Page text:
Ethnic Jewellery from Indonesia: Continuity and Evolution
by Bruce W. Carpenter and Dr Antonio
J. Guerreiro. Editions Didier Millet,
ISBN 978-9814260688, £55
This book is an introduction to the little-known visual power and beauty of the body adornments used by the myriad peoples of Indonesia’s outer islands, including Sumatra, Borneo, Sulawesi, Sumba and Maluku. Illustrated with more than 500 rare pieces that have been accumulated since the 1970s by the collector Manfred Giehmann, the book explores the depth and breadth of an ancient and magnificent tradition, revealing the fruits of careful documentation that has taken place over a period of decades. It will provide information on the origin, meaning and purpose of the jewellery items, as well as unique insights into the people who crafted and wore the jewellery for ritual or ceremonial functions. Ethnic Jewellery: Continuity, Creativity and Evolution is a definitive work on the subject and a testimony to the greatness of a fast-disappearing Indonesian tradition.
The Lady And The Peacock: The Life of Aung San Suu Kyi of Burma
by Peter Popham. Rider,
ISBN 978-1846042508, £8.99
Celebrated today as one of the world’s greatest exponents of non-violent political defiance since Mahatma Gandhi, she was awarded the Nobel Peace Prize only four years after her first experience of politics. In April 1988, Suu Kyi returned from Britain to Burma to nurse her sick mother but, within six months, found herself the unchallenged leader of the largest popular revolt in her country’s history. When the party she co-founded won a landslide victory in Burma’s first free elections for 30 years, she was already under house arrest and barred from taking office by the military junta.
Since then, The Lady has set about transforming her country ethically as well as politically, displaying dazzling courage in the process. Under house arrest for 15 of the previous 20 years, she has come close to being killed by her political enemies and her commitment to peaceful revolution has come at extreme personal cost. In November 2010, after fraudulent elections in which she played no part, Suu Kyi was again freed. She was greeted by ecstatic crowds but only time will tell what role this remarkable woman has still to play in the future of her country.
30 Heritage Buildings of Yangon: Inside the City that Captured Time
by Association of Myanmar Architects
Serindia, ISBN 9781932476662, US$50
The modern history of Yangon can be traced through its colonial-era architecture. From the monumental former Reserve Bank of India, which records every step of the country’s fiscal history, to the now derelict Pegu Club, which was once the favoured watering hole for officers of the British colonial government, each building has a story to tell. The buildings have survived war, natural disaster, and numerous changes of ownership. Many have been repurposed over the years. Today, the biggest threat to these buildings is neglect and lack of protection. In recent years they have become increasingly vulnerable. In 2005, when the government moved to the new capital of Naypyidaw, it abandoned many of its ministerial offices or left them only partially in use. Many were also badly damaged during Cyclone Nargis in 2008. As the country opens up to new investment and tourism, the buildings are in danger of falling prey to property developers as most occupy prime plots of land in the city centre.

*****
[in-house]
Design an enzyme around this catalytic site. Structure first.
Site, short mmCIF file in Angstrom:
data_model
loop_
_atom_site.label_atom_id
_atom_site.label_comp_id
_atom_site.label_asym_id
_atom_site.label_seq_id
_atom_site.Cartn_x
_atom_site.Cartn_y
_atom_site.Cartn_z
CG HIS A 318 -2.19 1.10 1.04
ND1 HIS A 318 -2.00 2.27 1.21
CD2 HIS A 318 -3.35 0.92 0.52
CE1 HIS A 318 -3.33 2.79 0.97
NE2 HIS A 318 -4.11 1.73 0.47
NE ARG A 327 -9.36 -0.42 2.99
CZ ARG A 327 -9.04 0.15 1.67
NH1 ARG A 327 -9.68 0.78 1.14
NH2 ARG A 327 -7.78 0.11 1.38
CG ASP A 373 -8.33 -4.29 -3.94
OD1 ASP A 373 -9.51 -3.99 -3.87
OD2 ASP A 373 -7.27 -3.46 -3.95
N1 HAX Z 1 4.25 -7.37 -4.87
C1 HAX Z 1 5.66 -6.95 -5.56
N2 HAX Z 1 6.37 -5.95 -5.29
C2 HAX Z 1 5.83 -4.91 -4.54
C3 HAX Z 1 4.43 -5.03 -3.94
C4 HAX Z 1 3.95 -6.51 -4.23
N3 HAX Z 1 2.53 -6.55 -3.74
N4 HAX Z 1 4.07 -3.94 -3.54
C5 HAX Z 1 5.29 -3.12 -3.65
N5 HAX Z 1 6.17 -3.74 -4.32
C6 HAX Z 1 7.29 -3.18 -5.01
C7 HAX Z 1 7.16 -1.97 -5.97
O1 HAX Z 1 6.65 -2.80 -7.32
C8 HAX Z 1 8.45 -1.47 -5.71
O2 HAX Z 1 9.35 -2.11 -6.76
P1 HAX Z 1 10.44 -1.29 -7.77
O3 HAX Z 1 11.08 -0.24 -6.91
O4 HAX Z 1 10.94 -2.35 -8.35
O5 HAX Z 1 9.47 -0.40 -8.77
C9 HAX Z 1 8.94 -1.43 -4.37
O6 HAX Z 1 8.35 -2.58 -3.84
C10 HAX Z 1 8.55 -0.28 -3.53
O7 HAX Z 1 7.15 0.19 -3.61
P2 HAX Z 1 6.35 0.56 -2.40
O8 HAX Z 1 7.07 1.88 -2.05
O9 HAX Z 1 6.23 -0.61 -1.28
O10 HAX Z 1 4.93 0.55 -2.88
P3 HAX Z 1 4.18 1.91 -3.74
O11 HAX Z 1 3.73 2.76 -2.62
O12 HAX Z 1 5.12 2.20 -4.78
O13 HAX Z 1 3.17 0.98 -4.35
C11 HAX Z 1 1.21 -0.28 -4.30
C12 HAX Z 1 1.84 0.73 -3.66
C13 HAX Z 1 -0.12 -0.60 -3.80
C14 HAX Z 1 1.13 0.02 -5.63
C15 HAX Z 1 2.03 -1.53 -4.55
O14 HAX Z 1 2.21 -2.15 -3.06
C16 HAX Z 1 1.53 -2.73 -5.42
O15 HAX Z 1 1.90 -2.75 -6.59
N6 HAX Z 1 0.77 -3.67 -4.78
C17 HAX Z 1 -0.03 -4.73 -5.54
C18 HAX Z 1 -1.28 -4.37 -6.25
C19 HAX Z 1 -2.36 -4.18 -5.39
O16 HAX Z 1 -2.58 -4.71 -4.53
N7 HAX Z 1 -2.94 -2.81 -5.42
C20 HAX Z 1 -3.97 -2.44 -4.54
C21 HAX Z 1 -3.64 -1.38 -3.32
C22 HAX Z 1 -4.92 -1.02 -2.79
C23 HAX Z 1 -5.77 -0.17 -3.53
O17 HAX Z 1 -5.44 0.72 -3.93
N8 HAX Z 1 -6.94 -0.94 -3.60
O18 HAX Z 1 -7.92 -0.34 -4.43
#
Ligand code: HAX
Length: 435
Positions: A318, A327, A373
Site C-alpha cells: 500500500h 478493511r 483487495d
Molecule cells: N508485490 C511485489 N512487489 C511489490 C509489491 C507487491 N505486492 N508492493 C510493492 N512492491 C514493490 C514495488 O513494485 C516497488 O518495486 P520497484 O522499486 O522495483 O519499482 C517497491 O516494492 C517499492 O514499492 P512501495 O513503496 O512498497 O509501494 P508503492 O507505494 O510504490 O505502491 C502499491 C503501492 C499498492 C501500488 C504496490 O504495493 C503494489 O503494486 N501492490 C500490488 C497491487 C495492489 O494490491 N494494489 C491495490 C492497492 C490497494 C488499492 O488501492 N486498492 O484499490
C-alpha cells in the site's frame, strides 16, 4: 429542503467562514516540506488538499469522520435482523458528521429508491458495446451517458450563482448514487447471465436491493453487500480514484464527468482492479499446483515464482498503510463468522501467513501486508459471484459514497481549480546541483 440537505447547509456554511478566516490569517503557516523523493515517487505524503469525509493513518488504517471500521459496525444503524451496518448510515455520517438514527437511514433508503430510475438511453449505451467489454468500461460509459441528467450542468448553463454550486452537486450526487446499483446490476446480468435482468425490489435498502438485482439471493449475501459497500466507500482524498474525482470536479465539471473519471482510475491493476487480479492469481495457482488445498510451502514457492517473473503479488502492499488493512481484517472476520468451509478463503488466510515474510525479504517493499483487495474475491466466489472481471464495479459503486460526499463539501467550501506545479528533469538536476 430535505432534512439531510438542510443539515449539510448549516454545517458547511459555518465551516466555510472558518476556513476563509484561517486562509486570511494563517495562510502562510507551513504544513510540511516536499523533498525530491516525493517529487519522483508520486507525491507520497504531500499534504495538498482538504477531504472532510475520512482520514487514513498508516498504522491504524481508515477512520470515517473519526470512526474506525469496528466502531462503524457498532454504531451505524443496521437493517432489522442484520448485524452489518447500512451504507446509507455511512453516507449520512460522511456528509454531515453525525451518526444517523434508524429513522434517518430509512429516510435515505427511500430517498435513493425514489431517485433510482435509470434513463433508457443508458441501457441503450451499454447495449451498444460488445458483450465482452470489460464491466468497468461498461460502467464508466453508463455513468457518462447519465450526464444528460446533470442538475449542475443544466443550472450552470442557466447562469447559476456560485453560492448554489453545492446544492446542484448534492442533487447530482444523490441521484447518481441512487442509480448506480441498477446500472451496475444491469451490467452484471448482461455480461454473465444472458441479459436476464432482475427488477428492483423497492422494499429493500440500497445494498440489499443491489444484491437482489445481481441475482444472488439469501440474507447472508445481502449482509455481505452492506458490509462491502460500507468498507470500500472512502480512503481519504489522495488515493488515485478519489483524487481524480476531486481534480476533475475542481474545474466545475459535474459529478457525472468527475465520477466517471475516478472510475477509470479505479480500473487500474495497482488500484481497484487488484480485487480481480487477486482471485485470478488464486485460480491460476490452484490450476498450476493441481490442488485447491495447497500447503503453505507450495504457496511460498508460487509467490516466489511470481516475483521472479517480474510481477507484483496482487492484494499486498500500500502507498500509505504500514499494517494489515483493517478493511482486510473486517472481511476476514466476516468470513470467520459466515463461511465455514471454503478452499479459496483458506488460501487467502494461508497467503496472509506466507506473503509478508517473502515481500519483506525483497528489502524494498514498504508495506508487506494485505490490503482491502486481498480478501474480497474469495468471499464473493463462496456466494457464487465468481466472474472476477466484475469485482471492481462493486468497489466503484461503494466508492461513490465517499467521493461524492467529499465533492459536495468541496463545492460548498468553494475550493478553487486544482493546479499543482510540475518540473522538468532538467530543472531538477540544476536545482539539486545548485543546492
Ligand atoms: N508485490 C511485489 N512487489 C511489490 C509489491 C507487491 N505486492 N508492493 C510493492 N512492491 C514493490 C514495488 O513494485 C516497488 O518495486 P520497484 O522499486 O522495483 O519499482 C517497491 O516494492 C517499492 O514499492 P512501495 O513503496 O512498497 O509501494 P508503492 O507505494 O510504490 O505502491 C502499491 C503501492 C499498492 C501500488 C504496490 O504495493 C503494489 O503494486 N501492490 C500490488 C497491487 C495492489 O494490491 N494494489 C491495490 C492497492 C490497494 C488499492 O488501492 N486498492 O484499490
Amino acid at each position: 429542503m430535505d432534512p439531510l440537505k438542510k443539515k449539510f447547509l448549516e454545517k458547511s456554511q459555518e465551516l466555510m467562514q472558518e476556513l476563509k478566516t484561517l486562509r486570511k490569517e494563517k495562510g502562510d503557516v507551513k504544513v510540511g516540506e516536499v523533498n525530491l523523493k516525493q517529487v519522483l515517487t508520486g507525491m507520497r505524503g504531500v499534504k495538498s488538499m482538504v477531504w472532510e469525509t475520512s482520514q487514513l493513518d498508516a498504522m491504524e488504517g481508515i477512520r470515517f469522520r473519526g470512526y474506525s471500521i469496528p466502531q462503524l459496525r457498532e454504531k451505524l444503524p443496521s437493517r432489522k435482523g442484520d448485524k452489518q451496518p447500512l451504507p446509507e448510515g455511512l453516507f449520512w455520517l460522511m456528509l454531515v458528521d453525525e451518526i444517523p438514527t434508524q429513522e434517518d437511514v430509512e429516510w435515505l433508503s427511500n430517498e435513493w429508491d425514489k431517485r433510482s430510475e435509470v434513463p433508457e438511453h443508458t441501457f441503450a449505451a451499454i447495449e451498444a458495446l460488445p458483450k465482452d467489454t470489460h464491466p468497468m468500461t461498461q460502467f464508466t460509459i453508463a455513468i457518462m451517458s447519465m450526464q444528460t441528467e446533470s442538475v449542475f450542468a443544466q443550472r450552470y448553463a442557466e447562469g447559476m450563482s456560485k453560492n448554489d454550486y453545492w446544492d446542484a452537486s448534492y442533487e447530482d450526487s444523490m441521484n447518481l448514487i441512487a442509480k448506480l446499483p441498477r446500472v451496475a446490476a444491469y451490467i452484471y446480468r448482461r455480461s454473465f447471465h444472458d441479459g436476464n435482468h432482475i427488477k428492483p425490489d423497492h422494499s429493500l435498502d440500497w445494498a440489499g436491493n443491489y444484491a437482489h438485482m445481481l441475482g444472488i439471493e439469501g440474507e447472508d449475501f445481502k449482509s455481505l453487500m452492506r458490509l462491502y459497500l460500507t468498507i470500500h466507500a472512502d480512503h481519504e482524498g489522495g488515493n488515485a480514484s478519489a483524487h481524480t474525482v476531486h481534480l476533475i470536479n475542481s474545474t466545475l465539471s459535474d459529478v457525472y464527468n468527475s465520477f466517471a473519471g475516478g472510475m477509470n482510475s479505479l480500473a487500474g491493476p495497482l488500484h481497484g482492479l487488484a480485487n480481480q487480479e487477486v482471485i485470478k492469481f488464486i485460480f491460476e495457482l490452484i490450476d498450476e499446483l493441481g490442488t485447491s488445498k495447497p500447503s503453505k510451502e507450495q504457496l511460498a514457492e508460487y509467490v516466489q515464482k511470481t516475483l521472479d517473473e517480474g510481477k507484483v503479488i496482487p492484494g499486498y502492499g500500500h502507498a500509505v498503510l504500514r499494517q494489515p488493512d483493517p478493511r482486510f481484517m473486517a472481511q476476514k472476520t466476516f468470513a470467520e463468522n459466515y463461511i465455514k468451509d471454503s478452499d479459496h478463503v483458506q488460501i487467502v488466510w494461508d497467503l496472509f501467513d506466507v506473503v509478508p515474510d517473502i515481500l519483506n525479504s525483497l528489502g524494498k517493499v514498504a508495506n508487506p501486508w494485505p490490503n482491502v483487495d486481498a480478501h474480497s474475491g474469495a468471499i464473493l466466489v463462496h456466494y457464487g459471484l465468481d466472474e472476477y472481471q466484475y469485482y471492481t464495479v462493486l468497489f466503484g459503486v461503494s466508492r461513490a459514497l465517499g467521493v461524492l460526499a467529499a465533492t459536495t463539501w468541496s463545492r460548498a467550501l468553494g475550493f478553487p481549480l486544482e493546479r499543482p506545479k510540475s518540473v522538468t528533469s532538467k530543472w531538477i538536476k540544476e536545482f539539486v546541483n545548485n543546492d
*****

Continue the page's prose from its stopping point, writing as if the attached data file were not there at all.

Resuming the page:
This book focuses on a selection of 30 key buildings and examines their past, present, and future. Piecing together the often forgotten social history of each building has involved delving into out-of-print books, company records, old city directories, newspaper archives, and people’s memories. Published in both Burmese and English language editions, this book aims to contribute to the collective conversation about the social and economic potential of Yangon’s colonial-era heritage in the hopes that the city’s architectural past can become a vibrant and sustainable part of its future.
Art of Southeast Asian Textiles: The TIlleke & GIbbins Collection
by Linda S. McIntosh
Serindia, ISBN 9781932476590, US$95
As markers of identity and status of their producers’ cultures, the textiles of Southeast Asia are often viewed as ethnographic objects. Hand-weavings function as clothing, household accessories, and religious objects and have important roles in major life events. Created with a myriad of materials and techniques and a selection of colours and motifs, this region’s weavings are also highly sophisticated works of art that would not exist without their producers’ imagination and skills. Tilleke & Gibbins International, a law firm in Bangkok, Thailand, began acquiring textiles from the region in 1987, formally establishing its collection a few years later. Art of Southeast Asian Textiles: The Tilleke & Gibbins Collection highlights museum-quality textiles from various cultures of this region. Illustrated throughout, the publication focuses on hand-woven and hand-adorned cloth produced by ethnic groups in Thailand and neighbouring countries, including Laos, Cambodia, Vietnam, Burma, and Malaysia. Social, political, and economic ties linked the cultures of Mainland Southeast Asia to ones in other areas, such as the island cultures of the region, resulting in the exchange of cloth. Some textile types from Indonesia and India are, thus, included in this volume. Art of Southeast Asian Textiles showcases over two hundred examples from this private collection, presented with the same intention as the law firm’s purpose to build a collection: textiles as art.